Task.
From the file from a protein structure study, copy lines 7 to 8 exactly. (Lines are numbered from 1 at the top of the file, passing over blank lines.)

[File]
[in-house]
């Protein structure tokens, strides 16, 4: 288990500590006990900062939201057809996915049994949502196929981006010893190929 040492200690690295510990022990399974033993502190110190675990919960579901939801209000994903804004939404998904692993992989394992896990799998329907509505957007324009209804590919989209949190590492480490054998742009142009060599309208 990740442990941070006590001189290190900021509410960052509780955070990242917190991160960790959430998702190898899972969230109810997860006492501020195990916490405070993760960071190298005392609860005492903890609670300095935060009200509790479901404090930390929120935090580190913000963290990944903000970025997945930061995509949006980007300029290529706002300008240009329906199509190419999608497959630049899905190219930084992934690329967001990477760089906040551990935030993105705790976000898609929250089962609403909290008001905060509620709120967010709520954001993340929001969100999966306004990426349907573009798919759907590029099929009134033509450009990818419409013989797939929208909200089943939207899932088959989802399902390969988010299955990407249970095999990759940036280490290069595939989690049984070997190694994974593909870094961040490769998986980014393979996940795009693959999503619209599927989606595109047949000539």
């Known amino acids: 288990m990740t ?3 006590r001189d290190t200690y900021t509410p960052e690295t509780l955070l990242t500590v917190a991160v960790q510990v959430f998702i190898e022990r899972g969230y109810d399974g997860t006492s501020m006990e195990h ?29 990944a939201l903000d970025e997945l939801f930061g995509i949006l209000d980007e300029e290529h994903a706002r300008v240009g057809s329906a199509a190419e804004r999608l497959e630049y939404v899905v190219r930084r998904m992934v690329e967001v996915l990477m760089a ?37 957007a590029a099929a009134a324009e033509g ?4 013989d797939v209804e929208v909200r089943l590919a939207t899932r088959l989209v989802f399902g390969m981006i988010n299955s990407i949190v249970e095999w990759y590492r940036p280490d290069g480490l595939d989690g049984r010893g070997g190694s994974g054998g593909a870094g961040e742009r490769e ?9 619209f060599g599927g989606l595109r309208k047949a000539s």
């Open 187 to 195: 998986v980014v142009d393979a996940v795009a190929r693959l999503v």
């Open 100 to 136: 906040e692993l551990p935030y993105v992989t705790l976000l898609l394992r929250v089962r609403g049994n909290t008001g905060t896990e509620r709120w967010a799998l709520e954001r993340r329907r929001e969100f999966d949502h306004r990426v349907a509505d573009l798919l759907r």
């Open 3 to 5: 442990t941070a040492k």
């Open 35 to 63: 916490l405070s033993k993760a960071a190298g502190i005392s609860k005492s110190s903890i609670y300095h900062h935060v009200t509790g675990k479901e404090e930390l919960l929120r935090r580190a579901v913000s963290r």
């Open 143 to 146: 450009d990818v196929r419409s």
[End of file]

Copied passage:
């Open 35 to 63: 916490l405070s033993k993760a960071a190298g502190i005392s609860k005492s110190s903890i609670y300095h900062h935060v009200t509790g675990k479901e404090e930390l919960l929120r935090r580190a579901v913000s963290r």
């Open 143 to 146: 450009d990818v196929r419409s």